Hereditary Chief of the Tsleil-Waututh Nation, Ernest George, has died

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After a life lived entirely on the land of his ancestors, Hereditary Chief of the Tsleil-Waututh Nation, elder Ernest George, has died at the age of 80.

George, who carried the hereditary name Slá'hólt and was also known by the nicknames, Ernie and Iggy, could trace his genealogy and the Tsleil-Waututh hereditary chieftainship back to the mid 1700s.

Born Feb. 5, 1940, George died on Nov. 11.

An outpouring of condolences for his family from Indigenous, municipal and academic leaders lit up social media shortly thereafter.

One of the first elders-in-residence at Capilano University in North Vancouver, George spent eleven years sharing his knowledge on campus.

He was a member of many committees and helped develop the Kéxwusm-áyakn Centre, a gathering place at the institution for Indigenous students.

Beloved by staff and students, the school's president, Paul Dangerfield, released a statement following George's passing.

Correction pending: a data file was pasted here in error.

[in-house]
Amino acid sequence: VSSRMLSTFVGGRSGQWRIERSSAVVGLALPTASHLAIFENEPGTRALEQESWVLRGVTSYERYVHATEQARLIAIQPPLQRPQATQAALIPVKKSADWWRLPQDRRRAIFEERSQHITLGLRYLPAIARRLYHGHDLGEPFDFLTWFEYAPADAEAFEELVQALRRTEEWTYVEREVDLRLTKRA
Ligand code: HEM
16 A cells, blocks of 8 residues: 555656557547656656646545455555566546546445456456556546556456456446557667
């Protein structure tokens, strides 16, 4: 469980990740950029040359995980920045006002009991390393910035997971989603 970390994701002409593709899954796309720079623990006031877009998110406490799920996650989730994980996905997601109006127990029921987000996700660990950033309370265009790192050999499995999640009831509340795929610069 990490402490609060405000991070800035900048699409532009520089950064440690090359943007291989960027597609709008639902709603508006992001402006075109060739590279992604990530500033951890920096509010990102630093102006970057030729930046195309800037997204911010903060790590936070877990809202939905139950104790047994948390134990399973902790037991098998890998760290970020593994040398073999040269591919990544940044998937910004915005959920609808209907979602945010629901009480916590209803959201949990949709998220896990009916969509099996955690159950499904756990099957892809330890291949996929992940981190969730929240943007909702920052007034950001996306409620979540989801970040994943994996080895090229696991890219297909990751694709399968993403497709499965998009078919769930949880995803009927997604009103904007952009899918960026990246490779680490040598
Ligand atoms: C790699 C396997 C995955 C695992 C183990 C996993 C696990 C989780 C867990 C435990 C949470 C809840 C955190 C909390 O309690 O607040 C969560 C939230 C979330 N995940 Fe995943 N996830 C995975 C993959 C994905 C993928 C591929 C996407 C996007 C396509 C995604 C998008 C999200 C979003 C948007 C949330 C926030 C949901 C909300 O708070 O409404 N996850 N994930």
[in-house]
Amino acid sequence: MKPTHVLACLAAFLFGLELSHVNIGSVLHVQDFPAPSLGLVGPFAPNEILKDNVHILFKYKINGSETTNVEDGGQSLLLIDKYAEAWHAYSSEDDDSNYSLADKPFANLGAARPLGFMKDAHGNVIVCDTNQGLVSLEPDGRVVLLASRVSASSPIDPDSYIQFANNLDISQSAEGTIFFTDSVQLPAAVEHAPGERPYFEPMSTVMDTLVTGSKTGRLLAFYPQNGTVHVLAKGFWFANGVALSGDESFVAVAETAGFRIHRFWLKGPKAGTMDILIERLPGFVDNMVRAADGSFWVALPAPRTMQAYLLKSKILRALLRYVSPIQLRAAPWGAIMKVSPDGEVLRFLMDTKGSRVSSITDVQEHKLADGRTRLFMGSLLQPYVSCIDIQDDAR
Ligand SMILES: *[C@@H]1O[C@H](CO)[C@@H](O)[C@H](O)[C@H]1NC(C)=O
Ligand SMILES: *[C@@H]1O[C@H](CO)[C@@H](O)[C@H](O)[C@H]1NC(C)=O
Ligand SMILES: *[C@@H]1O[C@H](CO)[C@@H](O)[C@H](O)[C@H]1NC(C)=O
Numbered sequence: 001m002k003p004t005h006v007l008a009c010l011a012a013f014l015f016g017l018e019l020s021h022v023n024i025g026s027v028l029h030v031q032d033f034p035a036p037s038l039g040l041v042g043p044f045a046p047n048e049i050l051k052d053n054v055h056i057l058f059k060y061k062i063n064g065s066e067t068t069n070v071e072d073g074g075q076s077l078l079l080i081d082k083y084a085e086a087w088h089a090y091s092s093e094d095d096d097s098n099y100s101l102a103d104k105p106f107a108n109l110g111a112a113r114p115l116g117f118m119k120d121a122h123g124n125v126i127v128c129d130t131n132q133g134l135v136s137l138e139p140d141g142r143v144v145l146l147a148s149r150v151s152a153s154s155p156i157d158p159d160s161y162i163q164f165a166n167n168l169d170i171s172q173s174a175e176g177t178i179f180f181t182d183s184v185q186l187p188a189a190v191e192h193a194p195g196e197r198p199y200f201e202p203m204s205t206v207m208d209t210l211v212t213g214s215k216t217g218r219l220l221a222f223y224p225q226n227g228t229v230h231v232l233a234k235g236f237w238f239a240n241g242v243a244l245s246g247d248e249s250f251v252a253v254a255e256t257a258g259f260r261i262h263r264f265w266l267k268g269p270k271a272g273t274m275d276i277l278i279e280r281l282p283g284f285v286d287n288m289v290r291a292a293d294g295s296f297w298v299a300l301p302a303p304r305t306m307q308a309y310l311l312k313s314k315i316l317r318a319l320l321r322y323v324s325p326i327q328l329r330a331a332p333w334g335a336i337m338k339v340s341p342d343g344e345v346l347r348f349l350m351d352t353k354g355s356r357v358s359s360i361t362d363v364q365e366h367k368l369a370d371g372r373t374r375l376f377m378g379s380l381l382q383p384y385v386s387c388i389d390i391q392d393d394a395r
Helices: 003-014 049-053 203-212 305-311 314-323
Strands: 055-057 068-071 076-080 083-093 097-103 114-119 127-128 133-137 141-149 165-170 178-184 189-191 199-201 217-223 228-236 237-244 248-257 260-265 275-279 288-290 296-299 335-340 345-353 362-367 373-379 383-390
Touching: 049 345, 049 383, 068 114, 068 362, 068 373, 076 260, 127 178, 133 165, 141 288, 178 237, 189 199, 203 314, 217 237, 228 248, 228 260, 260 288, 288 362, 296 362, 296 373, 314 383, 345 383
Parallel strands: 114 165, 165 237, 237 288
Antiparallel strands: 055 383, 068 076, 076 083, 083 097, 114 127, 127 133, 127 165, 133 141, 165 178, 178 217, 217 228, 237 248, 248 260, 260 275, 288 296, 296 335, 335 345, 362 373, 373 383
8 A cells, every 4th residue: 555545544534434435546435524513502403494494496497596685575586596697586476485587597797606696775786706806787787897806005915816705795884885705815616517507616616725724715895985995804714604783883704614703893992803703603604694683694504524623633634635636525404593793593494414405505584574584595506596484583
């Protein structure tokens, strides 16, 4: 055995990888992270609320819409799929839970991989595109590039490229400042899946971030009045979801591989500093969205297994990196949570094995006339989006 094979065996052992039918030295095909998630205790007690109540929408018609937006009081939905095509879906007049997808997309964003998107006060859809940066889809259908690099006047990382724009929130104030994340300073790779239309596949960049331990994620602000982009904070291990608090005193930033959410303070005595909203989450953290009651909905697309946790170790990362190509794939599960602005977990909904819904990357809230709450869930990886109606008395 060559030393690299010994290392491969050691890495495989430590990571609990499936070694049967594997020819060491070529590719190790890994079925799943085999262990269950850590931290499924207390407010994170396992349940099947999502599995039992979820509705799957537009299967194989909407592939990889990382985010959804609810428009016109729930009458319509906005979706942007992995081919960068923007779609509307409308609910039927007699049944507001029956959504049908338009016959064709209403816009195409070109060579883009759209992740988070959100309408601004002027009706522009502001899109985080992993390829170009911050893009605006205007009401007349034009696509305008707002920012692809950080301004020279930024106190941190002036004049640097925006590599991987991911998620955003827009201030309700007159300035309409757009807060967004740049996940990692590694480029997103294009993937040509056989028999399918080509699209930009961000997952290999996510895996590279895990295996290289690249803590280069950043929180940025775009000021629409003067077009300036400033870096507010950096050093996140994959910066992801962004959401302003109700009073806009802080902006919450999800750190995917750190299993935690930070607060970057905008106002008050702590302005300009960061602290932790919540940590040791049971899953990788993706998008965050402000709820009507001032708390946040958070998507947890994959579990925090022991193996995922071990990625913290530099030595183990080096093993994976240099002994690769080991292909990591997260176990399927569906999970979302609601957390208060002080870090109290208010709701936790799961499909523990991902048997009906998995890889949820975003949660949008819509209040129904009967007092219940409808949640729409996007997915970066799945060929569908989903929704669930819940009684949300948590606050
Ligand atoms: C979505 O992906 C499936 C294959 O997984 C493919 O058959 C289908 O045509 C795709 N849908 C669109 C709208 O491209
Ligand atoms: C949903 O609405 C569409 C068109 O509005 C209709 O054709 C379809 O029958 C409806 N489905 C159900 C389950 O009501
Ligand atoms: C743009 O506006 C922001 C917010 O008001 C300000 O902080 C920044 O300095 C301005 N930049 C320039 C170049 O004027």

"We have been privileged beyond knowing to have Elder Ernie's wisdom, humour and kindness reflected in the spirit of the CapU community," says the statement.

A father, grandfather, and great-grandfather, George was a residential school survivor who lived his whole life on the Tsleil-Waututh (Burrard) Inlet. According to the statement, George "opened hearts and minds to painful realities and the importance of reconciliation."

In a social media post, the District of North Vancouver tweeted the city has lost a respected elder and community leader.

Independent MP for Vancouver-Granville, Jody Wilson-Raybould tweeted she was fortunate to have known George, who was both a very special, and very kind, man.

In a written statement on Friday, Tsleil-Waututh Nation asked the community to not gather or attend the private funeral service scheduled for George on Monday due to COVID-19.

"We understand this is a difficult time for families and relatives and that many people would have liked to attend but at this time it is impossible due to COVID-19 pandemic," the release stated.

A small, private funeral service for immediate family only will be live streamed through Glenhaven Funeral Home at 9:30 a.m. on Monday.